I’m Finished…

12 Aug 2017


Total AT Miles: 773.44 miles

Today’s Miles: 13.1 miles

Time: 11.5 hours

Speed: 1.13 mph

You Know When You Know

When it was time to retire from the Air Force, everyone used to say “You know when you know!”. And how this rang true for me after 26 years. I woke up one day and Just Knew It was TIME.

The same rang true on my AT Thru Hike.

I’ve known for a few weeks that things weren’t going well with my hike. The pain in my feet, knees and ankles we’re taking a toll on my mental ability to continue. However, after the fall that dislocated my finger, it had shaken my confidence to “go fast” and be sure about my footing.

Also, even after a “week off” hanging out at White River Jct, my legs had not recovered. The aches and pains were increasing. On my first day back, it was a struggle to do 8 miles on an easy trail south out of Gorham NH. I knew it was done.

The last two days, I found myself going excruitiating slow. I mean it was a snail’s pace and the pain in my knees going downhill was almost unbearable. Also, my step down was almost like a fall every step.

When I came off Wildcat, I wondered WHY I didn’t just take the Gondola from the mountain top. I fell 10+ times on my way down to Pinkham Notch. This is a steep decent and I was concerned I wasn’t going to make it without another injury in the last 2 miles!

Some will say I’m a quitter…you are right — I quit! I didn’t finish my Thru Hike, but I did hike over 700+ miles on my first backcountry hike. I guess that counts for something!

I still struggle in the Why Was I Doing This! and I still haven’t been able to answer why I have been doing something I really didn’t like…day in and day out for months.

The Views

Today was mostly an overcast day. However, I did get of Mt Washington as the clouds cleared on Mt Hight…

And it was nice being above the clouds….

But the rest of the day was…overcast.

I made it to Carter Hut, the half way point for today, and had some vittles…my free soup and baked item. The soup looked like dirty dish water, but the black bean soup tasted pretty good and the chocolate cake hit the spot.

The pond near Carter Hut was fogged in, but the Lilly pads made a beautiful photo.

Danny & Misha

On the Wildcat D observation tower, I ran into Danny and Misha who were doing a weekend hike. Danny caught the hiking bug at Tuff’s College during the schools program to get students connected and immersed in the college life. His dad, Misha, joined him as he hiked some New Hampshire peaks.

When we met up, the views atop Wildcat were socked it with clouds. That’s Mt Washington behind the clouds…

I ran into them again just before the final decent off of Wildcat. Since they were headed to Boston and I needed to get to Boston, I asked if they’d give a Hiker a ride and they said YES! Now that’s some Trail Magic. THANK YOU Danny and Misha.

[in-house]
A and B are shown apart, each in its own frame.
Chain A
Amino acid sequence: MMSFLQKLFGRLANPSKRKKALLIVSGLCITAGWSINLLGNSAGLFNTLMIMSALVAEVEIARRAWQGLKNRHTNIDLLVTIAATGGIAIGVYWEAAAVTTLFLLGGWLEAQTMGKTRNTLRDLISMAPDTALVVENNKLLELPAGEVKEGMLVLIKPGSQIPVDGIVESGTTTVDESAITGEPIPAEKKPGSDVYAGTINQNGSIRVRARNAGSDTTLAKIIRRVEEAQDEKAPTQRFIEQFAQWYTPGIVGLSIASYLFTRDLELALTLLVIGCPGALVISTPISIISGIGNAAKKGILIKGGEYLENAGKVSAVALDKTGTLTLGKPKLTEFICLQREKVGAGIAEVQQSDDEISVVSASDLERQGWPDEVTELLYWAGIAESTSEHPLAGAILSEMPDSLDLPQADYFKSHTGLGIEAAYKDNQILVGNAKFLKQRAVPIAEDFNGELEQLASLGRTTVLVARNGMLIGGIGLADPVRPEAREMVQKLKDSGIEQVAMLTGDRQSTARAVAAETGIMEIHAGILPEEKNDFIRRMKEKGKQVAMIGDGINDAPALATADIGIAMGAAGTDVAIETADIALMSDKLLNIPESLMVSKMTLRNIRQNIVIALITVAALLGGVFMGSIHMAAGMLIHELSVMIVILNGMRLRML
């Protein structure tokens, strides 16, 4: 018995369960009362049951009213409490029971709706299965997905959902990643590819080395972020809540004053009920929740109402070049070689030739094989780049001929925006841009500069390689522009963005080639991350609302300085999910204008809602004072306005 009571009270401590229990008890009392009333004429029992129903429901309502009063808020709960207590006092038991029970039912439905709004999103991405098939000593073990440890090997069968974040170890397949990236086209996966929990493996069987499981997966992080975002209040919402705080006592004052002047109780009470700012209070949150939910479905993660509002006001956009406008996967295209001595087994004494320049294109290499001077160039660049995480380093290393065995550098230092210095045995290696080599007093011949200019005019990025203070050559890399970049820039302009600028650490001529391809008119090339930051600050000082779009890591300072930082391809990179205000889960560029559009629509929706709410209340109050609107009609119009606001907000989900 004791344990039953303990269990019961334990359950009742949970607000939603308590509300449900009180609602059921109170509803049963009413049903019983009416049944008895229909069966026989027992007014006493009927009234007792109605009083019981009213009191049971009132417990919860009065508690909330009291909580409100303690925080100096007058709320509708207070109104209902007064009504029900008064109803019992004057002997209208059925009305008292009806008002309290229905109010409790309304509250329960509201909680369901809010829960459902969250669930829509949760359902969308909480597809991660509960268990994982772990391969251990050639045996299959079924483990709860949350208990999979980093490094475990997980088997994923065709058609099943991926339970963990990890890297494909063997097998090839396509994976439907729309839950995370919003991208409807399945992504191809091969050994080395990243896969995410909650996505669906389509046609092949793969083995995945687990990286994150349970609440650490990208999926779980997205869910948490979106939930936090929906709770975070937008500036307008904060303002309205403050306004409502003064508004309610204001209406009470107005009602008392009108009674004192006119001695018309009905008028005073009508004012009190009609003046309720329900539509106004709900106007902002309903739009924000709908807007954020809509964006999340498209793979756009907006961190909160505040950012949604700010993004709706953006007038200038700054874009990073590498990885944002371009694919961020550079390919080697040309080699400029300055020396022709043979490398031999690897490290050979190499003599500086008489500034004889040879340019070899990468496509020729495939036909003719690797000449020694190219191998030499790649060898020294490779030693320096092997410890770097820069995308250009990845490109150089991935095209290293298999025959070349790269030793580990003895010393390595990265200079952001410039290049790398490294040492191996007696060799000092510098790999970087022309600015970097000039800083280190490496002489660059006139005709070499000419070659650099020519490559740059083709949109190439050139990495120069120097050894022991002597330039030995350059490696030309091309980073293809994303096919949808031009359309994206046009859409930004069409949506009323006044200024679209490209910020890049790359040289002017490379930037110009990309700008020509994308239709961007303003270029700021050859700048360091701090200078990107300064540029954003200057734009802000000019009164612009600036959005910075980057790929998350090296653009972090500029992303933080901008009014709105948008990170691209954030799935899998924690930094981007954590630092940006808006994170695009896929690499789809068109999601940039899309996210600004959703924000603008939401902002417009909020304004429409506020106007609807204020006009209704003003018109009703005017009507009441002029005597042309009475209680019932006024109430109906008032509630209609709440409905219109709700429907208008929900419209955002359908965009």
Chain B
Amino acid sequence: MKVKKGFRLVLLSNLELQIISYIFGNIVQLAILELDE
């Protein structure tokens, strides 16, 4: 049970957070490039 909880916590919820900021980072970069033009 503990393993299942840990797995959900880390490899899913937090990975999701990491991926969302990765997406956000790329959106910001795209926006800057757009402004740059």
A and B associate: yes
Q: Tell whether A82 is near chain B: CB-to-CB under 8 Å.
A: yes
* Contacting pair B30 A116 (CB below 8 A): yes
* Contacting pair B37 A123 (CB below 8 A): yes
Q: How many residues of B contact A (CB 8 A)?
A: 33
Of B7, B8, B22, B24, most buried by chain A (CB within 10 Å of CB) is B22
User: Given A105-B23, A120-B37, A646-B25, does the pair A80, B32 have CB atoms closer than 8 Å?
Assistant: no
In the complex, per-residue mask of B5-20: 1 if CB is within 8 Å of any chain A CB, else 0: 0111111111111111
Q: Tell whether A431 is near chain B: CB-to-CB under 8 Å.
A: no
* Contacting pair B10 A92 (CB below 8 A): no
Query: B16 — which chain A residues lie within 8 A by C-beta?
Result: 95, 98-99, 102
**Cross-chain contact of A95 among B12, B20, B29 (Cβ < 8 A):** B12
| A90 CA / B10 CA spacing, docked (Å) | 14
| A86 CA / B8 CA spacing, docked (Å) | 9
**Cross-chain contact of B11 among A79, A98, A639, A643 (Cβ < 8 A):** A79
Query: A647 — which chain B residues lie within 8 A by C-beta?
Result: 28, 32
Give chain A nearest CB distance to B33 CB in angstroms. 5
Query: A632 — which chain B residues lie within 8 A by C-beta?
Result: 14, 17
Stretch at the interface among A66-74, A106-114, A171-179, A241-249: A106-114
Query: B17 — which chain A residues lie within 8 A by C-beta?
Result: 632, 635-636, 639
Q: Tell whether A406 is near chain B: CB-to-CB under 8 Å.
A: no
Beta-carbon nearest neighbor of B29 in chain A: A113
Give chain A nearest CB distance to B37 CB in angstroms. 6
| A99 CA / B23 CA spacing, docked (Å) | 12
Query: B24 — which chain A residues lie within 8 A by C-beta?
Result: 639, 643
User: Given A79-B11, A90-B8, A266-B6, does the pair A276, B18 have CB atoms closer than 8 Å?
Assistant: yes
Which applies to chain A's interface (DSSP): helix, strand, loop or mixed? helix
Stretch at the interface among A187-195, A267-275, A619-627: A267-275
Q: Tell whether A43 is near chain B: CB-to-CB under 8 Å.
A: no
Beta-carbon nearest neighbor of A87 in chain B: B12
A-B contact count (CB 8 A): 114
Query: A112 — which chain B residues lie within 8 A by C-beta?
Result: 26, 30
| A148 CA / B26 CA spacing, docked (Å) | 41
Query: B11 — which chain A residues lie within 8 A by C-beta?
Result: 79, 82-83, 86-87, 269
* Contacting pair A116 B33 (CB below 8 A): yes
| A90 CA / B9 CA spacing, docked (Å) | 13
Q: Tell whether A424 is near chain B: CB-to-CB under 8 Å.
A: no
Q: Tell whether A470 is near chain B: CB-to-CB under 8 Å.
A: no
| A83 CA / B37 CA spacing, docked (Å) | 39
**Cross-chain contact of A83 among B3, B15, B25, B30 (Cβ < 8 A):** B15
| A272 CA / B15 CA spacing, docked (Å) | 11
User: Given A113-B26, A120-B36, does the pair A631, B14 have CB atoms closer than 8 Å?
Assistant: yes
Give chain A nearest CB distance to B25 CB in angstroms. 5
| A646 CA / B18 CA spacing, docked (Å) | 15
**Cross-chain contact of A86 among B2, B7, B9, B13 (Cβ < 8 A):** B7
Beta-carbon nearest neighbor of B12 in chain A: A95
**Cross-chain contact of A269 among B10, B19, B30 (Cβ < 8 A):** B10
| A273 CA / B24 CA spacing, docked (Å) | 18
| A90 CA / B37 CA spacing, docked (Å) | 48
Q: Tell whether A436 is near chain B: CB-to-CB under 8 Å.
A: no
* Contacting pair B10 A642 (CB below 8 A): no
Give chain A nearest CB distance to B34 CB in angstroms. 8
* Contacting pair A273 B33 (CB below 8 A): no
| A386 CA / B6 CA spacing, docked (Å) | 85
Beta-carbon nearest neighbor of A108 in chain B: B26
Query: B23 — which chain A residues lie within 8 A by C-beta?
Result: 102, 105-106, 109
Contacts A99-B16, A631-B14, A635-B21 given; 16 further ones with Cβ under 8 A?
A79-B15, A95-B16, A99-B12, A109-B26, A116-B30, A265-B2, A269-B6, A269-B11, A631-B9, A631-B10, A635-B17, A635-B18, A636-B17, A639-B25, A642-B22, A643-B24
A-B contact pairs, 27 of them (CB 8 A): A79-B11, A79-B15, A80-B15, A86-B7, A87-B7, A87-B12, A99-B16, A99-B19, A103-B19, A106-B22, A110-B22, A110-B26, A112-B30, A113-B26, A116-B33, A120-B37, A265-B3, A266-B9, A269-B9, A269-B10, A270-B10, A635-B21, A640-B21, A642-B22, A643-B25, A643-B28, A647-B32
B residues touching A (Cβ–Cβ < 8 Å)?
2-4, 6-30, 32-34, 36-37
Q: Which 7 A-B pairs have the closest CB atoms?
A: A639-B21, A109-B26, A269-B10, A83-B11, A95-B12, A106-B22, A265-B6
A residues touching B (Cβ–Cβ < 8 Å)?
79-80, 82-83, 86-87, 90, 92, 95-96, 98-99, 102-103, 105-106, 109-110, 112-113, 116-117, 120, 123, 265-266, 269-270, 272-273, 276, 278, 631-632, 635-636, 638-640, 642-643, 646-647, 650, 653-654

The Call Home

After I’d made my way to Boston, it was time to let myWife know I was DONE, make some lodging arrangements and work my trip HOME!

It was difficult making the call to myWife about ending my thru hike. While she remained steadfast in supporting my hike, she didn’t really think I should be doing it. So…she was glad I made the smart decision to finally come back home.

She saw my injuries and pains as NOT what I needed to be doing in our retired life. We’ve enjoyed RVing the last 4+ years, and she LIKES being along for the adventureS. However, she’s been parked while I’ve been hiking the last few months. It’s just not been fair to her.

However, she was busy with my niece’s wedding when I called so while happy I was headed home, she wasn’t able as #TeamHikerBoy to assist in my travel arrangements.

Planning my ride HOME

Since I had a ride to Boston, I had to work lodging and transportation. Boston hotels are Expensive, so I was glad when I called Hanscom AFB and they had availability for a few days. However, I didn’t consider my ride to the airport with this decision…Hanscom isn’t close to any public transportation points, so getting to Boston Logan airport still needed to be worked.

After getting my flight secured on Monday, I worked the ride to the airport and a pickup back in Kansas City. Then it was time to pack up and relax.

I spent Sunday boxing up my backpack for the flight home. With all of the straps, I figured it best if it was enclosed.

Finally on Monday, I made my way off base to wait for my ride to the airport.

It was interesting when I saw this guy riding up to the gate for work on his single wheel. Cool commuter if you ask me.

I finally caught my flight out of Boston, but the BWI flight was delayed for hours. Southwest appeared to be cancelling flights and moving passengers to later flights because the plane wasn’t full. After a 4 hour delay, I was on a FULL flight for my final leg.

Too bad all that was left were middle seats, but I was headed home.